Category Archives: Humour

The place where I grew up (5)

After Smart’s wool and dress shop, the next shop was Burton’s Stores, which sold food and general groceries. As a little boy, of course, I did not realise that this was just one shop in a chain of many hundreds, stretching across most of the East Midlands, and in particular, the area around Nottingham. Still less did I anticipate the fact that one day, I would spend my entire working life in the school where the founder of the firm, Frank Burton, had received his education, in the last decades of the nineteenth century. Here he is, ten minutes after he won the Gold Award in “Waxed Moustache Magazine” for December 1886:

Here’s Burton’s Stores today:

Just past Burton’s Stores was Shepherd’s the Chemists where, one day in the late 1950s, I was treated for the severe forehead cut which I suffered when I fell over on the pavement outside the shop, near the bus stop. Here’s the Chemists today:

Conceptually, the last business in the High Street was the Post Office which was just past the chemist’s. It was run by Ernie Chell and many is the First Day Cover I purchased from him over the years of the late 1960s and 1970s. Here is a first day cover from the early 1960s:

And here is the Post Office today, its presence in this rapidly decaying village guaranteed by government hand-outs, as was recently revealed in the local newspaper:

Next to the Post Office was the motorbike shop, which we as little boys always thought was the home of the Woodville Chapter of the Derbyshire Hell’s Angels. Now its changed its orientation and is home to “Chaps” and “Swishhh”:

Opposite was Dytham’s Dairy, which delivered milk to most of the area. Now it is home to “Timber Town Trophies whose opening hours are on their website“:

Beyond that on the right was the road which led up to the Infants’ School and to Woodville Secondary Modern, the destination, alas, of so many young people of the village over the years.  More striking, though, before its demolition in the late 1950s, was the vast bulk of the Wesleyan Church, which, in the vision of a five or six year old boy, towered as high as a medieval cathedral. Like the products of so many of the local pipe works, it was of a dark, reddish brown, made of bricks which may well themselves have had a partially glazed surface:

Beyond this was Leese’s furniture shop, which, despite its distant location at the top end of High Street, survived as a business for many years after I left the village.

Here is the shop today. Closed at 11 o’clock in the morning:

I was simply amazed at the economic desolation of Woodville today. So many shops were derelict. Presumably that is why everybody voted for Brexit. It was hoped that this gesture would be a punch on the nose of our politicians who have allowed the life of the ordinary working man in the north and Midlands to degenerate to an unacceptable standard. He no longer has any pride in what he does, and that is wrong.

I suppose the slogan will have to be “Let’s make Woodville great again”. Or at the very least, nice to live in.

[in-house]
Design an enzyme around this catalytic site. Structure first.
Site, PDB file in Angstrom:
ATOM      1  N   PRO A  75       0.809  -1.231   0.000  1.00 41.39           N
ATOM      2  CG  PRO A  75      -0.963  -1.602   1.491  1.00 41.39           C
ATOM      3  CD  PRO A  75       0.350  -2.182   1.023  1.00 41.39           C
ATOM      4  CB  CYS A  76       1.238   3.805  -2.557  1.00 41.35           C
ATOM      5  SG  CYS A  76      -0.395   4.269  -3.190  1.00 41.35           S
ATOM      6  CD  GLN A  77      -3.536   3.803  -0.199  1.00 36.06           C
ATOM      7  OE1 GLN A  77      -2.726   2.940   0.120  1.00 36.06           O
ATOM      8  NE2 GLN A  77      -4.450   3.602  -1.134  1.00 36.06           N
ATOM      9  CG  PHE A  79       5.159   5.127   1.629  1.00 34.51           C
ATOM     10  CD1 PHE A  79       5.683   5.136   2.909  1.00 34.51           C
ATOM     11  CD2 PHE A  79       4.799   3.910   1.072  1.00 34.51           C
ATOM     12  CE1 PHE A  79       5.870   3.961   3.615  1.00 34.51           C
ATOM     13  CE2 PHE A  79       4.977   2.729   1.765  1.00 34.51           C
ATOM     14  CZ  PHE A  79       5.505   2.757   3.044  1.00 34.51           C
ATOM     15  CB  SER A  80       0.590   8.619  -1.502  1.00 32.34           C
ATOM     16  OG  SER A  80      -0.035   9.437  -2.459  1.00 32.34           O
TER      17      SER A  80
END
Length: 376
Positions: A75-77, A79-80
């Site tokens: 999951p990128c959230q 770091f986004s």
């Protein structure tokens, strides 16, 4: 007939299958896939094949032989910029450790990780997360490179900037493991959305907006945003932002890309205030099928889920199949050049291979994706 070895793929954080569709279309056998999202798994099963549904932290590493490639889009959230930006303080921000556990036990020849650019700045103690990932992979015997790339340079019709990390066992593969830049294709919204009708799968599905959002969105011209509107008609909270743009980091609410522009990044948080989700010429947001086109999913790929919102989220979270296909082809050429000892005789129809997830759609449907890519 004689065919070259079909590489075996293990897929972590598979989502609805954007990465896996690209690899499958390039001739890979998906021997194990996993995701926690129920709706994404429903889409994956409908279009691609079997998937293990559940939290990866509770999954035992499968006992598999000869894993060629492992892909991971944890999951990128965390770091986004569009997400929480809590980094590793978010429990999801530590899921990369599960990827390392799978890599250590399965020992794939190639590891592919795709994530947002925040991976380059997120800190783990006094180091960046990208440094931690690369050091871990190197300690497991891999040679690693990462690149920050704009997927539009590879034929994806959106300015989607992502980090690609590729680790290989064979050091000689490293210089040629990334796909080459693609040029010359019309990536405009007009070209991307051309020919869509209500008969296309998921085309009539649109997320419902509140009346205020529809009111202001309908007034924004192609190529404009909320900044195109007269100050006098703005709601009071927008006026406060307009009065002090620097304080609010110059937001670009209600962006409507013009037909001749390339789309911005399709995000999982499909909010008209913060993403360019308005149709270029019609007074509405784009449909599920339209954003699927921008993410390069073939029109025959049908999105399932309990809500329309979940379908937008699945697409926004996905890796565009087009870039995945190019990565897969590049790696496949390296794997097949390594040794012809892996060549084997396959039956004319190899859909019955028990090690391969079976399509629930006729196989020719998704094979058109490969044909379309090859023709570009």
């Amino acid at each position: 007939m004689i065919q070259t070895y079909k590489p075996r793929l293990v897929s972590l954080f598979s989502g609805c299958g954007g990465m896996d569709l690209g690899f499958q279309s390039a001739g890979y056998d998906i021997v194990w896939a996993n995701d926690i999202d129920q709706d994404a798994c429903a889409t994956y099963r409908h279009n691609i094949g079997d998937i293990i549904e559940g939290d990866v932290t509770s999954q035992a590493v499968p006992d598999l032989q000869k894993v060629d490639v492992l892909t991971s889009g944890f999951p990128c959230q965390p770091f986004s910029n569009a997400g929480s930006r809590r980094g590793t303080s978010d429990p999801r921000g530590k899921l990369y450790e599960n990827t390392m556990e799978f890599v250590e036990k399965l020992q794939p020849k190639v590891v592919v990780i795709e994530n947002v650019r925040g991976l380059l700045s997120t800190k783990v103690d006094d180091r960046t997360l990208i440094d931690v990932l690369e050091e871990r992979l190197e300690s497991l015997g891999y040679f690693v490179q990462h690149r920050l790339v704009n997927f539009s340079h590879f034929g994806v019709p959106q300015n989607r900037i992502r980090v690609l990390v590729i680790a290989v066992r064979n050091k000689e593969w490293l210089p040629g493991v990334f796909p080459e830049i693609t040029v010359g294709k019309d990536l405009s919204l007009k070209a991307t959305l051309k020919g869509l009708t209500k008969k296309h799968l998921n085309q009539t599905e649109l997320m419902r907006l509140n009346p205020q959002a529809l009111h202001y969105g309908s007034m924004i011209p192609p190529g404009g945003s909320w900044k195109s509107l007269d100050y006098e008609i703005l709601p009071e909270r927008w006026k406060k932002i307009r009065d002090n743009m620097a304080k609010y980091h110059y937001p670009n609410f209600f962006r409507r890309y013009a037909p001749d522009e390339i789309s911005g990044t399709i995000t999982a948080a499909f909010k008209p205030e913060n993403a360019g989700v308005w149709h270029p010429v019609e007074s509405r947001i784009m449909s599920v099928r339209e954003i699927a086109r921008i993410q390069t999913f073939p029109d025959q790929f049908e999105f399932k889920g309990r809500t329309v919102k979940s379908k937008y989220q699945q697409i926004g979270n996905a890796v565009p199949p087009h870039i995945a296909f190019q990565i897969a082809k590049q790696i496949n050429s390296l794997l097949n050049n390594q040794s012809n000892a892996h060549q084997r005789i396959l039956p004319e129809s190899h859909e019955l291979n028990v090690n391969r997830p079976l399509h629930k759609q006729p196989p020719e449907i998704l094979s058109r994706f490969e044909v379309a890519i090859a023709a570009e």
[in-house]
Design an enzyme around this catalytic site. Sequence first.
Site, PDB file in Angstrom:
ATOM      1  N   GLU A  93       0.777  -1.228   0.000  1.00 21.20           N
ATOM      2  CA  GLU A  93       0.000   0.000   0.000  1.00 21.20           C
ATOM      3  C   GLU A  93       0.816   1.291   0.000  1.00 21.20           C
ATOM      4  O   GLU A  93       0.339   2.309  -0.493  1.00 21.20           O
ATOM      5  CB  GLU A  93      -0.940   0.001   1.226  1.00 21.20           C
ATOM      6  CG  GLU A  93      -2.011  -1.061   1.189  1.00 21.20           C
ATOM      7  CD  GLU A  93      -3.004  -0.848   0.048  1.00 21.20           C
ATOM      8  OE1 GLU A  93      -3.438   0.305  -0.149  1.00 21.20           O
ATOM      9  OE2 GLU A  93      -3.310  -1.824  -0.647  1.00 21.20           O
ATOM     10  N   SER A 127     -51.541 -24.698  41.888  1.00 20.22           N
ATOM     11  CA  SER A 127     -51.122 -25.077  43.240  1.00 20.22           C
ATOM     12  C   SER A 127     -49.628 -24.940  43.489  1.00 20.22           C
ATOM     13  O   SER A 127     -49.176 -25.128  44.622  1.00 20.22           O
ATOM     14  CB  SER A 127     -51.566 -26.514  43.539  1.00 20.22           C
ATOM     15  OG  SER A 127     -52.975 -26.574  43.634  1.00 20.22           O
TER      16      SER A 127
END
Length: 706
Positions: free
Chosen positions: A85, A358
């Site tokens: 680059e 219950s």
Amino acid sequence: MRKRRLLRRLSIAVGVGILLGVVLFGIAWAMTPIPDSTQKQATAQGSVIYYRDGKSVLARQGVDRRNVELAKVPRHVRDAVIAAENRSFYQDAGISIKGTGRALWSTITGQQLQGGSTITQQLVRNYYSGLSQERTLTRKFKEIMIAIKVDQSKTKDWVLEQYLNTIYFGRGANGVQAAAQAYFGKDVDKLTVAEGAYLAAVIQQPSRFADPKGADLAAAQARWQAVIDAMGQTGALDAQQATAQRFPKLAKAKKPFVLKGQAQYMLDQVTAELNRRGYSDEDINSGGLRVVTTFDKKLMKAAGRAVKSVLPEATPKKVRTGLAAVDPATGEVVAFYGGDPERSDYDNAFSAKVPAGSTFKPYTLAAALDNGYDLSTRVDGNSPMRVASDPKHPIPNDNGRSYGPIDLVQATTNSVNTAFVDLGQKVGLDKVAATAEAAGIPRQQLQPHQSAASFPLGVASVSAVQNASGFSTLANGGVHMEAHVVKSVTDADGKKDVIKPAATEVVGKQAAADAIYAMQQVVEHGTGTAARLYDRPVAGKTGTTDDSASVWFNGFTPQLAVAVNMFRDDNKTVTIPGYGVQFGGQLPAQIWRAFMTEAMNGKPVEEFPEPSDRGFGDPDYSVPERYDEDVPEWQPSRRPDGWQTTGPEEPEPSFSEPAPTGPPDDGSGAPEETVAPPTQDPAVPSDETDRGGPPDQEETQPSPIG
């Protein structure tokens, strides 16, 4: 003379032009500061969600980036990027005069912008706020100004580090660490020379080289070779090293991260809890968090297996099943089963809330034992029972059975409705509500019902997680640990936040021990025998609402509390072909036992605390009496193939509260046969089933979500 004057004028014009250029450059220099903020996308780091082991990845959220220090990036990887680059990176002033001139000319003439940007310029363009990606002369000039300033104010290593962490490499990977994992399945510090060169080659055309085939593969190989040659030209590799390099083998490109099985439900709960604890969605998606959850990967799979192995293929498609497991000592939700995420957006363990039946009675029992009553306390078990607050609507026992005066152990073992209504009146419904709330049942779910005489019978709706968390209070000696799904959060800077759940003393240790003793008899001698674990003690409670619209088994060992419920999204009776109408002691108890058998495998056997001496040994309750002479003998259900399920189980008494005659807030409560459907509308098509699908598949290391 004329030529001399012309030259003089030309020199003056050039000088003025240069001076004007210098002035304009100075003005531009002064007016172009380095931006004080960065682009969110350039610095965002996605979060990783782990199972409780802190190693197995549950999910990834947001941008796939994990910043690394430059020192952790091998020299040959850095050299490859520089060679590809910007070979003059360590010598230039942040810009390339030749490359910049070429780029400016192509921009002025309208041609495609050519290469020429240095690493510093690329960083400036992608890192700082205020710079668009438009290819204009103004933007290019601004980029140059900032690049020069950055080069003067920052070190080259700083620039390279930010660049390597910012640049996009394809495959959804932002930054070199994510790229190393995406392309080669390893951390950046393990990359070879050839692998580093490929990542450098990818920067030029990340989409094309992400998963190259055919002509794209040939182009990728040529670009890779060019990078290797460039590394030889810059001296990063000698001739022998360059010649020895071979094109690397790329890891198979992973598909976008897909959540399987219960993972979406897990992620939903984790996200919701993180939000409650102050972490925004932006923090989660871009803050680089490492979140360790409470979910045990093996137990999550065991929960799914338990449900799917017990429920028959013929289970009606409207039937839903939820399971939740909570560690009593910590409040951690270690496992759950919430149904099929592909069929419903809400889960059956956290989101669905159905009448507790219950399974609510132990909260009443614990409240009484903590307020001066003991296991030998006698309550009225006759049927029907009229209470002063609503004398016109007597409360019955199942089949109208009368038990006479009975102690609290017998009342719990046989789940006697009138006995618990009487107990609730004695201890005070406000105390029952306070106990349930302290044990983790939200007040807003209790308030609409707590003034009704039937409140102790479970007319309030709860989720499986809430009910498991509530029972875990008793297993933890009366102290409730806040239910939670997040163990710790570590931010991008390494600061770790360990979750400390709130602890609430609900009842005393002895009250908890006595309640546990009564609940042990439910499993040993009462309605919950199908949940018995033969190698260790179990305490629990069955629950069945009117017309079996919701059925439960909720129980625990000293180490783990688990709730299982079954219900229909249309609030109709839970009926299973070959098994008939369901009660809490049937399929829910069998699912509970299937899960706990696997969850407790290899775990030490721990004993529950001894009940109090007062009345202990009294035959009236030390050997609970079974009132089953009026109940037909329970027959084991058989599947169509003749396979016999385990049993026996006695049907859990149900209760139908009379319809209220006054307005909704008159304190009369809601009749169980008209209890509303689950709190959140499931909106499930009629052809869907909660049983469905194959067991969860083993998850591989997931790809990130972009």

One feature of life in the 1950s which has disappeared for ever from Woodville, and indeed from the whole of the rest of the country, was what used to happen at the end of every single working day, as all the factories closed down at five o’clock in the late afternoon.

Every single works, every single factory, had its own siren or hooter which would be sounded loudly in the still calm of the evening. From my Dad’s own back garden, he would have been able to hear perhaps as many as ten different factories closing down for the day, one after another.

Each hooter had its own distinctive note, and this, coupled with the direction the noise was coming from, meant that, with practice, every single one could be identified. Every night too, they would sound in the same order, a few seconds apart, and it was therefore possible to anticipate Outram’s, say, or Knowles’s or Wragg’s, all finishing work for the day.

Pretty much the same thing used to happen at the end of every lunch hour, as the managers and owners tried to bring their tired staff back for the afternoon. This was always less impressive, however, as invariably, the end of the midday break was always slightly different by at least a few minutes for every single factory.

I could only find a single factory hooter on Youtube. Listen from one minute onward:

Youtube also features the really unusual work of composer Arseny Avramov who created both a “Symphony Of Factory Sirens” and a second “Symphony of Industrial Horns” in 1922, using the various factory hooters of Baku in what was then the Soviet Union.

 

 

 

 

 

 

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The place where I grew up (4)

Last time we were walking through my home village of Woodville, down to the school and the church. Now, though, we return to the High Street, the most important street in the village. The first shop on the left was Ormes’s. Here they sold boiled ham, crusty bread, ice cold milk and cream cakes. Hot ham hocks were delivered to the shop, I think, on perhaps a Monday or a Tuesday, and there were also special arrivals of savoury ducks, which were very large meatballs, on a Monday and a Thursday. The manager here was Eric Boss, a man who could out-flirt and out-innuendo even the Co-op butcher. Here’s Ormes’s. As you can see, it too is nowadays derelict:

There’s one Eric Boss story that I cannot not tell you.